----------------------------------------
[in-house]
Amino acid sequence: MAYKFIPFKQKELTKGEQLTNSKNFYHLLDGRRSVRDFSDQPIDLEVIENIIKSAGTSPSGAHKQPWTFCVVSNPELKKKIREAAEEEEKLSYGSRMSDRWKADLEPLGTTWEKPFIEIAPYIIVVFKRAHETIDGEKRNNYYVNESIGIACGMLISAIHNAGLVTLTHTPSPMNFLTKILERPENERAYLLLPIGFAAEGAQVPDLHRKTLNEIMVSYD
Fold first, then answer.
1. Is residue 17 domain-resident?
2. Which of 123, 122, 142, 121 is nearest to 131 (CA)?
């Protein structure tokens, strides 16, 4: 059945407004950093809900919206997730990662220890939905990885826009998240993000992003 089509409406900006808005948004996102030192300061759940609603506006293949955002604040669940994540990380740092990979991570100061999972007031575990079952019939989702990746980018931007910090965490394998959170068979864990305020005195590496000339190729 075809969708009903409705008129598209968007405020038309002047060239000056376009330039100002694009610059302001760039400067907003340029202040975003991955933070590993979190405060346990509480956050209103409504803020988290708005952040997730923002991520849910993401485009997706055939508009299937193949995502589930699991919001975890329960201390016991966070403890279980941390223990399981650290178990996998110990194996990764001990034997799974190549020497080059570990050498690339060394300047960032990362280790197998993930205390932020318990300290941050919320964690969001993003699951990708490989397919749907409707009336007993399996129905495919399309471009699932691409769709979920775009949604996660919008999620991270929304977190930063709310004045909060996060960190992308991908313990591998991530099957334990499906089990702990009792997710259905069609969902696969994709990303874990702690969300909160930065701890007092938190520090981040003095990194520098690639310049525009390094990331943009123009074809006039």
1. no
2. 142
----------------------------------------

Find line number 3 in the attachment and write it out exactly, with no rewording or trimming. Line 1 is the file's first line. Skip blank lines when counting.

Fold first, then answer.